One of the better CPU cooling choices!
The overall performance makes this thermal compound worth every penny you spend.
Easy to apply/clean, not expensive and long lasting.
Performance could be a little better.
As always, thermal grease plays a very important role in keeping your CPU cool as the heat-sink and fan do. Thermal grease/compounds allow you to run your CPU a few degrees cooler. Choosing the right compound is the key to getting the best results because all compounds perform differently.
A good choice of thermal grease will not only allow your system to run cooler but should also be easy to apply and take off at the same time. So we test the Noctua NT-H1 thermal compound to see if it the best or not.
|Motherboard||DFI LanParty UT nF4 SLI-DR|
|CPU||AMD Athlon 64 FX-60|
|RAM||2 x Corsair 1GB PC3200 DDR|
|Graphics Card||eVGA GeForce 7800 GT (256 MB)|
|Storage||Western Digital 160GB|
|Cooling||Stock Fan and Heatsink|
|Power Supply||Ultra X4 500-Watt|
|PC Case||AZZA Helios 910R Mid Tower Case|
|Operating System||Microsoft Windows 7 Enterprise|
To test the NT-H1 thermal grease, we will measure the temperatures of the CPU at both idle and on load using SpeedFan v4.40. To test at idle, we will leave the computer running for an hour without running anything and then take the temperature measurements. To test at load, we will use CPU Burn-in v1.01 for 1 hour to load the CPU at 100% and then record the temperatures.
Just for comparison reasons, we will also test the Tuniq TX-3 thermal grease and the Arctic Silver (not Arctic Silver 5) thermal grease the same way. I personally would like to see how this NT-H1 holds up against the TX-3 since I had great results during my tests.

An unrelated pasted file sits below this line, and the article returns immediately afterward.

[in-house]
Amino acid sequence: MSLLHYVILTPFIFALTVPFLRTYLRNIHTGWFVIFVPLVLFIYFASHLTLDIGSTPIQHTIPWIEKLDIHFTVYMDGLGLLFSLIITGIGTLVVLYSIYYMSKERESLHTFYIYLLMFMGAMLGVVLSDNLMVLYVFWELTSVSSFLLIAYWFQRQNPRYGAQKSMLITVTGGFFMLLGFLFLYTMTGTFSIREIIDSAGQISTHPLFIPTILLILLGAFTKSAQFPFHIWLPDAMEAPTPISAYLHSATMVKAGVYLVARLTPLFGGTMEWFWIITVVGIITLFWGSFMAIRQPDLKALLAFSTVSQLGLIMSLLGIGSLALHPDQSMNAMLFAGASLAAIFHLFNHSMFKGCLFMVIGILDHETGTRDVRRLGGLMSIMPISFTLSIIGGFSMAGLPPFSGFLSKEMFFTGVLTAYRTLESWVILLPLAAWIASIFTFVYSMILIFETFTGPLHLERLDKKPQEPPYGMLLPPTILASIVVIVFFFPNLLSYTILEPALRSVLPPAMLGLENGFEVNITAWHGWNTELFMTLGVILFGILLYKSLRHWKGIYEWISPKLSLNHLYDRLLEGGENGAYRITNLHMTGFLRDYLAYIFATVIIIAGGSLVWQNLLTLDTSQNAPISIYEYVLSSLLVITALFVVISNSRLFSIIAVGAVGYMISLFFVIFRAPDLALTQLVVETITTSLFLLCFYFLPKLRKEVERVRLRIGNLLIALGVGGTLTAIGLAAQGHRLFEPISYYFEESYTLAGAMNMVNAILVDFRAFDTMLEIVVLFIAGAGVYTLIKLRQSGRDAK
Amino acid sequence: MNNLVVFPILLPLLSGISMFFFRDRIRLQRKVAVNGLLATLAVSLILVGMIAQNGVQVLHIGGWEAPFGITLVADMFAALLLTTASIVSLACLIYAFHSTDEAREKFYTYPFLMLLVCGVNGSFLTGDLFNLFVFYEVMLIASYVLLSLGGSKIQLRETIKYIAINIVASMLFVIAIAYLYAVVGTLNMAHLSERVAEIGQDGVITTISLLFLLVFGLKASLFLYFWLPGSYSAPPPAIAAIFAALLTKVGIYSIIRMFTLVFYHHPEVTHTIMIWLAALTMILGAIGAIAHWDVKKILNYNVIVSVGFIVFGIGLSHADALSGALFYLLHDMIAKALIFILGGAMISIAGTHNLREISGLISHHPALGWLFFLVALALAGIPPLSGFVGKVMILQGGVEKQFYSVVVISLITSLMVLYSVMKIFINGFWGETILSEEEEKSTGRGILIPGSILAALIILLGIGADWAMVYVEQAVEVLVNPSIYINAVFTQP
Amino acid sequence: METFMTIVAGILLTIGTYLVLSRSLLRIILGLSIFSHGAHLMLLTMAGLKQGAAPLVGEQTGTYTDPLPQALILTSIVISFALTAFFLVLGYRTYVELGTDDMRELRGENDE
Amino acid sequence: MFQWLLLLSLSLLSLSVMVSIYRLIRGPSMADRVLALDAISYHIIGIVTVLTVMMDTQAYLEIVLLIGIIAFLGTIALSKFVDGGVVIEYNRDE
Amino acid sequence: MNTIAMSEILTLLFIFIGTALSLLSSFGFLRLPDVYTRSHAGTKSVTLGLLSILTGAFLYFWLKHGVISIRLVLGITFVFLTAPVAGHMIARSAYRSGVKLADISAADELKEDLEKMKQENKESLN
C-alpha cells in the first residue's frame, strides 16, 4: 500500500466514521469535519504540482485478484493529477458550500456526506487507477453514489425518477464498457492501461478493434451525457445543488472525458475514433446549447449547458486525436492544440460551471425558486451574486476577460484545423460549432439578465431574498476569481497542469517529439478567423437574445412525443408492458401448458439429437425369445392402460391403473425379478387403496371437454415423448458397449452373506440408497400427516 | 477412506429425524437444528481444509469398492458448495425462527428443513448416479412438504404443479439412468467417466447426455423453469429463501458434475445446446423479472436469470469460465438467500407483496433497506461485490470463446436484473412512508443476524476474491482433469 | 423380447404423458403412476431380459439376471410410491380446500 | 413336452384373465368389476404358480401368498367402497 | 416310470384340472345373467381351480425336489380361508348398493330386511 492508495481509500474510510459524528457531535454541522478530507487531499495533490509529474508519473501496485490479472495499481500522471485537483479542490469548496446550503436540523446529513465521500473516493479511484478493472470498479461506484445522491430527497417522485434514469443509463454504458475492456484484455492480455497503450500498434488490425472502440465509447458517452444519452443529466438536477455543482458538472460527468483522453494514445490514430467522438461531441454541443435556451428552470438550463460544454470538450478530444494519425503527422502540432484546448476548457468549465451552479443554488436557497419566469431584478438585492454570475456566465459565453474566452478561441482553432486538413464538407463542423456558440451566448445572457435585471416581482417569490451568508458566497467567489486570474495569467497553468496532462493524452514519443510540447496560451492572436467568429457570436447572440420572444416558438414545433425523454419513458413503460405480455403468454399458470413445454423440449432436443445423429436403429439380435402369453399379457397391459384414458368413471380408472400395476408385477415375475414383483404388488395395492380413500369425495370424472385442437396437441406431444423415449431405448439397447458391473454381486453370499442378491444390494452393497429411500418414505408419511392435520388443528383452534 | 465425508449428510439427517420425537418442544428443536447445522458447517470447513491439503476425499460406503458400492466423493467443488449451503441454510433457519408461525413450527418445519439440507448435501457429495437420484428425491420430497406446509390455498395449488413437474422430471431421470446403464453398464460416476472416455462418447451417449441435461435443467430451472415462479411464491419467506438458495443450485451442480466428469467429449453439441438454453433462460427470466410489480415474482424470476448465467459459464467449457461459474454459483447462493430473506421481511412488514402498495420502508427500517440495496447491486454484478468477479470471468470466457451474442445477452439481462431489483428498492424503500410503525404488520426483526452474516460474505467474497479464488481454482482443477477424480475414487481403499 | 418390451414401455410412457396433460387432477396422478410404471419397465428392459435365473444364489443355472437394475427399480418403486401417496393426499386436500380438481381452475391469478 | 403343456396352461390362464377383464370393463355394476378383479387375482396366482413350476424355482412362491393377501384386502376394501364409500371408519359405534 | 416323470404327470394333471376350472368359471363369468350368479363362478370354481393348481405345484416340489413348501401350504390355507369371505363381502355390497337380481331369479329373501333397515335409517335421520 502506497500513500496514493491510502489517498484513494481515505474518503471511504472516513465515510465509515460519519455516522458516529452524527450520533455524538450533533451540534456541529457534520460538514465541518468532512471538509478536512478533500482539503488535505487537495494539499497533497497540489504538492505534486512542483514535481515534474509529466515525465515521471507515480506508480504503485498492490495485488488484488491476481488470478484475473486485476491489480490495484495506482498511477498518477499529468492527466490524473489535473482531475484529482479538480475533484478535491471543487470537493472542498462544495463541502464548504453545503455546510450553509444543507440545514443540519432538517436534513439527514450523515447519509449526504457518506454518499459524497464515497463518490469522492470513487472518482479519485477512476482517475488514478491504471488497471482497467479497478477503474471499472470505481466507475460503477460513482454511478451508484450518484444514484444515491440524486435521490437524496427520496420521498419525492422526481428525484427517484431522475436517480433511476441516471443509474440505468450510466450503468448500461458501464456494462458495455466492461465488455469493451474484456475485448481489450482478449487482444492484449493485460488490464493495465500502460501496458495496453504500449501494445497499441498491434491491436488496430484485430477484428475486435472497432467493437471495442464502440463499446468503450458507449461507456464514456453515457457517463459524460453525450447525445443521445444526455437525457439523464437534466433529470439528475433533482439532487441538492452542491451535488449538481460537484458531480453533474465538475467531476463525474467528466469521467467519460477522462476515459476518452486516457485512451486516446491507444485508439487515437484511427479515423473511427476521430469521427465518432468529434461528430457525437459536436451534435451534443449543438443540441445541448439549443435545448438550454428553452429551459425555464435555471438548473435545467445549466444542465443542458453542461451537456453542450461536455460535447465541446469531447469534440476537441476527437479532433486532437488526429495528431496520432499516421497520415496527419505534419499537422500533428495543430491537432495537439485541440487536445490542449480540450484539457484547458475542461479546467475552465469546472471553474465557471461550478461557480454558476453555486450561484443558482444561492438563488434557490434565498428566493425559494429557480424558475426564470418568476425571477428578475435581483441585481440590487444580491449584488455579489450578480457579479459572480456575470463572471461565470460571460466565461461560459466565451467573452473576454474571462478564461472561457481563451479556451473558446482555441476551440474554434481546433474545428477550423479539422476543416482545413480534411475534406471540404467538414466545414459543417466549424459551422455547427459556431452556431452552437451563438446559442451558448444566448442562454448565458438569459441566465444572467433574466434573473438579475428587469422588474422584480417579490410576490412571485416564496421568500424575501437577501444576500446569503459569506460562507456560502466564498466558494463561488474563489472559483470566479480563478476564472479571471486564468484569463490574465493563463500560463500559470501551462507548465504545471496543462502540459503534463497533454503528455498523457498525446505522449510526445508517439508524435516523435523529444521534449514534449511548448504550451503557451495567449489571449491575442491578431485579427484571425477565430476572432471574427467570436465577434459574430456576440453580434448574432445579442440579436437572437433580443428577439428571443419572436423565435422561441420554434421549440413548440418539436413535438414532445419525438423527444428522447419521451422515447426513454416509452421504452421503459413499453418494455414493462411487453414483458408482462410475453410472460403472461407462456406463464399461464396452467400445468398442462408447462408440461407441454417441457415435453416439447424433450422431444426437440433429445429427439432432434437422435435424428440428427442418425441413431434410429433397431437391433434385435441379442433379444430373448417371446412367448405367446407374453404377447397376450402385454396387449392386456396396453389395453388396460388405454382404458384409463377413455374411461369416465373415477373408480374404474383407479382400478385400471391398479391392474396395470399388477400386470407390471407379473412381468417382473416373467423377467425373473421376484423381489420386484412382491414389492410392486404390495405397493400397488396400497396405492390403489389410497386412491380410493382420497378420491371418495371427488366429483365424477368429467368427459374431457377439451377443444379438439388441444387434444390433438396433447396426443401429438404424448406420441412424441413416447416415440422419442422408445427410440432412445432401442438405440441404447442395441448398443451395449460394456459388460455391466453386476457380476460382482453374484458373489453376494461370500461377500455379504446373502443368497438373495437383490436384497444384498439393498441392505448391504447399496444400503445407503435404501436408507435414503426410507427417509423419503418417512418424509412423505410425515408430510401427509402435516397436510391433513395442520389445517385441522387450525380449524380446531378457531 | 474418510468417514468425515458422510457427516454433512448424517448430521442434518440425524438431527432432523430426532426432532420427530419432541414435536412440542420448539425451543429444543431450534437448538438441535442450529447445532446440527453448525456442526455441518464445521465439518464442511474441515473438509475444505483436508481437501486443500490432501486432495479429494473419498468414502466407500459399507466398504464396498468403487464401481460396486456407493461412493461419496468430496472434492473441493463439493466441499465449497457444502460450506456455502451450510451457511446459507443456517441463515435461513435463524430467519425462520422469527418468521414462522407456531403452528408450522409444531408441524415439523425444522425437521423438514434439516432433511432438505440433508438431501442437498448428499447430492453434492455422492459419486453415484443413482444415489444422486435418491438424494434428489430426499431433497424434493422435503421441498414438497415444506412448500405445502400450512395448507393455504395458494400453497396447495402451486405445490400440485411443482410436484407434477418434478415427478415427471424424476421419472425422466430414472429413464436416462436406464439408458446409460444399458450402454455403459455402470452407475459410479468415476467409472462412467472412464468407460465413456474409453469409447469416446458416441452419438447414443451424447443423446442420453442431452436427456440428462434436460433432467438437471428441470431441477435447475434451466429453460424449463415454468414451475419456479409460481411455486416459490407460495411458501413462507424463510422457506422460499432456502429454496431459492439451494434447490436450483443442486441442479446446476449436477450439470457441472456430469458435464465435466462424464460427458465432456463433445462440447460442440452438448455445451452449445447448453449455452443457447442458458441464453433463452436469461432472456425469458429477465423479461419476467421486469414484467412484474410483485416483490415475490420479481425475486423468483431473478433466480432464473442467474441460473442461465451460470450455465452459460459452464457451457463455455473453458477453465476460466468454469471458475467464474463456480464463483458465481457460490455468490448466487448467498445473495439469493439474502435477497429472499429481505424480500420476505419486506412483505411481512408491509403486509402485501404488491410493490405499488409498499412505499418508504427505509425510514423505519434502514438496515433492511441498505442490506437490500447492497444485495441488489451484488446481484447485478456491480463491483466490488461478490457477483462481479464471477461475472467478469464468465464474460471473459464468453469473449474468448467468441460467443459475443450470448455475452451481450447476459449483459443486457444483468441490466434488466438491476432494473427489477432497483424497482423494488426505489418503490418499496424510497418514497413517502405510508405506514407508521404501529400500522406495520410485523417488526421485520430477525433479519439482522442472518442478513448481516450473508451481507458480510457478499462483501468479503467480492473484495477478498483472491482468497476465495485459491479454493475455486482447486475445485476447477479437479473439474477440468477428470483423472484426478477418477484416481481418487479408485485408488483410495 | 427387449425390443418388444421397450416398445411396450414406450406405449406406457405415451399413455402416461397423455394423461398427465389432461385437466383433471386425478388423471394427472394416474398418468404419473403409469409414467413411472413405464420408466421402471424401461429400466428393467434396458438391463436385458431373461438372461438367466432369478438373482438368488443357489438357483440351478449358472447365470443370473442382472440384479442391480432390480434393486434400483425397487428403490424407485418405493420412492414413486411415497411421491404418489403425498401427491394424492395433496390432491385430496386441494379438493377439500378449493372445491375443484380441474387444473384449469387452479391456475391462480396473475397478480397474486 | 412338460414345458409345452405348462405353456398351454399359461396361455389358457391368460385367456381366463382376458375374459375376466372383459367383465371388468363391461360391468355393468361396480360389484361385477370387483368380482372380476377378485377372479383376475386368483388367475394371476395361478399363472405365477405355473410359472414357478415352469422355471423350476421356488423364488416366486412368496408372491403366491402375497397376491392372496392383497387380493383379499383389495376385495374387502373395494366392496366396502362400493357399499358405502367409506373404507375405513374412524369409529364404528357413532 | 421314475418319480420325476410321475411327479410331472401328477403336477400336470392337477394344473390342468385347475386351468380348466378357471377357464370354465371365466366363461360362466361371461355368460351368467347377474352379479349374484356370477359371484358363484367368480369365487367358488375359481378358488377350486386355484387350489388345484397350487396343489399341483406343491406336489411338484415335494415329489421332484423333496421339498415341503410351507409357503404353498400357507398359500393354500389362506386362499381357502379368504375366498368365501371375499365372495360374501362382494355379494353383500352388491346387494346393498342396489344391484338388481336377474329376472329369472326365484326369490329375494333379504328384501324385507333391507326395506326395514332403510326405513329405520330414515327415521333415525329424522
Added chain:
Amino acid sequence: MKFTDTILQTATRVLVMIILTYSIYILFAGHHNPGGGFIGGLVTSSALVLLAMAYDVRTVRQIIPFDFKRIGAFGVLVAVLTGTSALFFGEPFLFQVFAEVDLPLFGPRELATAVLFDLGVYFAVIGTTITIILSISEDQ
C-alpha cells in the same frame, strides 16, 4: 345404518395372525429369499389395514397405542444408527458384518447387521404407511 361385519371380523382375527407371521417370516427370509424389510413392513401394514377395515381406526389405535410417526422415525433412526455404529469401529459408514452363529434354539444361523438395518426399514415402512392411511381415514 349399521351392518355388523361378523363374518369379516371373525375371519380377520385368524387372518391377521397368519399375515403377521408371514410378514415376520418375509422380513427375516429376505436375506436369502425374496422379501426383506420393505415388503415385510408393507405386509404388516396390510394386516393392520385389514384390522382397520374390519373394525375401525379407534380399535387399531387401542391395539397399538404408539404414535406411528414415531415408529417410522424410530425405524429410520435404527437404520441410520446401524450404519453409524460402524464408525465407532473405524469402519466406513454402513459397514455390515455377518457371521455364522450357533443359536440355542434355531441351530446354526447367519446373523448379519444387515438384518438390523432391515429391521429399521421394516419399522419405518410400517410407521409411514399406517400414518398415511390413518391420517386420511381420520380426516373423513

|Thermal Grease||Test Type||Temperature|
|NT-H1||Idle (after 1 hour)||35°C|
|NT-H1||Load after 1 hour)||48°C|
|TX-3||Idle (after 1 hour)||34°C|
|TX-3||Load after 1 hour)||47°C|
|Arctic Silver||Idle (after 1 hour)||38°C|
|Arctic Silver||Load after 1 hour)||52°C|
Surprisingly, the TX-3 performed better than the Arctic Silver and the NT-H1. I had thought that the NT-H1 would have performed about the same or better than the TX-3 but it did, however, beat the Arctic Silver (which was expected). On the other hand, while the NT-H1 didn’t beat the TX-3, it did come pretty close to it and the difference was on average only 1 to 2oC. So, I wouldn’t take it out of the picture either. It is a great value for the price you pay for it. Now I would love to test the new Arctic Silver 5, which I hear is supposed to be really good. I would think that it would either come close to or beat the TX-3. So I will surely have to give it a try and see for my self.
I didn’t have any issues applying the NT-H1 compound on my CPU, unlike the issue I had with the TX-3 (it is tough to spread as it is very thick). You don’t have to use a strong piece of cardboard to spread it on the CPU. Just squeeze some on the CPU and either use a little piece of cardboard or your fingers to spread a thin layer evenly on the CPU. Then, install the heat-sink on it and you are good to go. It is also very easy to clean off, unlike the Arctic Silver grease that I used before. Arctic Silver grease is very hard to wipe off and it gets all over your hands and sometimes on the processor itself (the pins of the processor). I got very good results even with the stock fan and heat-sink with the AMD Athlon 64 FX-60 processor. The NT-H1 costs about $6.99 online. I don’t really have any other complaints about this thermal grease besides the performance.
Although the Tuniq TX-3 beat the Noctua NT-H1 thermal grease by 1 or 2 degrees, I would still highly recommend it. It basically boils down to ease of application and performance. The NT-H1 and TX-3 both provide really good performance despite the temperature difference. Personally I would use either NT-H1 or the TX-3 depending on which is readily available at the time. I really have no preference at this point.